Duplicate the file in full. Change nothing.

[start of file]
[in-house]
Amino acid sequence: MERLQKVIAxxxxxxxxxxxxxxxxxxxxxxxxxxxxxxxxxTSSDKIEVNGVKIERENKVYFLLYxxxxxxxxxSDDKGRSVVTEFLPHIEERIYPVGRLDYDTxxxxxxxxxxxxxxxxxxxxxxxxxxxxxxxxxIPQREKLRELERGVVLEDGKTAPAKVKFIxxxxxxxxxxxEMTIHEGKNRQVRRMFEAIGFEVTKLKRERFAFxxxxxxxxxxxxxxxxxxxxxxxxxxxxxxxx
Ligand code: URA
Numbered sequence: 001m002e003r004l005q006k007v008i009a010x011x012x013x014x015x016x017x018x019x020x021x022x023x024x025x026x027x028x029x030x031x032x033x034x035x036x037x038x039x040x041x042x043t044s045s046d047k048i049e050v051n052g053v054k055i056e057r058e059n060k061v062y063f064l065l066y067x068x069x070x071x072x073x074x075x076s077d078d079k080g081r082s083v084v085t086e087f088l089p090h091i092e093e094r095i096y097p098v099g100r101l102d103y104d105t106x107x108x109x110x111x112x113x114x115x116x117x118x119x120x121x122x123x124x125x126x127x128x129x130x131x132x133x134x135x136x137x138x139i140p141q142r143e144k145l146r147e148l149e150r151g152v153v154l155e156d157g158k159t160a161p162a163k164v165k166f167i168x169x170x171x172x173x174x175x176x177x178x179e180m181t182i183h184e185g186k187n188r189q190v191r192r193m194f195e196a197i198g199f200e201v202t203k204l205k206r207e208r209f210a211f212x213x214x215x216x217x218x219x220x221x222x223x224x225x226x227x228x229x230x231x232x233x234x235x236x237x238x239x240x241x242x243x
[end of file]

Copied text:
[in-house]
Amino acid sequence: MERLQKVIAxxxxxxxxxxxxxxxxxxxxxxxxxxxxxxxxxTSSDKIEVNGVKIERENKVYFLLYxxxxxxxxxSDDKGRSVVTEFLPHIEERIYPVGRLDYDTxxxxxxxxxxxxxxxxxxxxxxxxxxxxxxxxxIPQREKLRELERGVVLEDGKTAPAKVKFIxxxxxxxxxxxEMTIHEGKNRQVRRMFEAIGFEVTKLKRERFAFxxxxxxxxxxxxxxxxxxxxxxxxxxxxxxxx
Ligand code: URA
Numbered sequence: 001m002e003r004l005q006k007v008i009a010x011x012x013x014x015x016x017x018x019x020x021x022x023x024x025x026x027x028x029x030x031x032x033x034x035x036x037x038x039x040x041x042x043t044s045s046d047k048i049e050v051n052g053v054k055i056e057r058e059n060k061v062y063f064l065l066y067x068x069x070x071x072x073x074x075x076s077d078d079k080g081r082s083v084v085t086e087f088l089p090h091i092e093e094r095i096y097p098v099g100r101l102d103y104d105t106x107x108x109x110x111x112x113x114x115x116x117x118x119x120x121x122x123x124x125x126x127x128x129x130x131x132x133x134x135x136x137x138x139i140p141q142r143e144k145l146r147e148l149e150r151g152v153v154l155e156d157g158k159t160a161p162a163k164v165k166f167i168x169x170x171x172x173x174x175x176x177x178x179e180m181t182i183h184e185g186k187n188r189q190v191r192r193m194f195e196a197i198g199f200e201v202t203k204l205k206r207e208r209f210a211f212x213x214x215x216x217x218x219x220x221x222x223x224x225x226x227x228x229x230x231x232x233x234x235x236x237x238x239x240x241x242x243x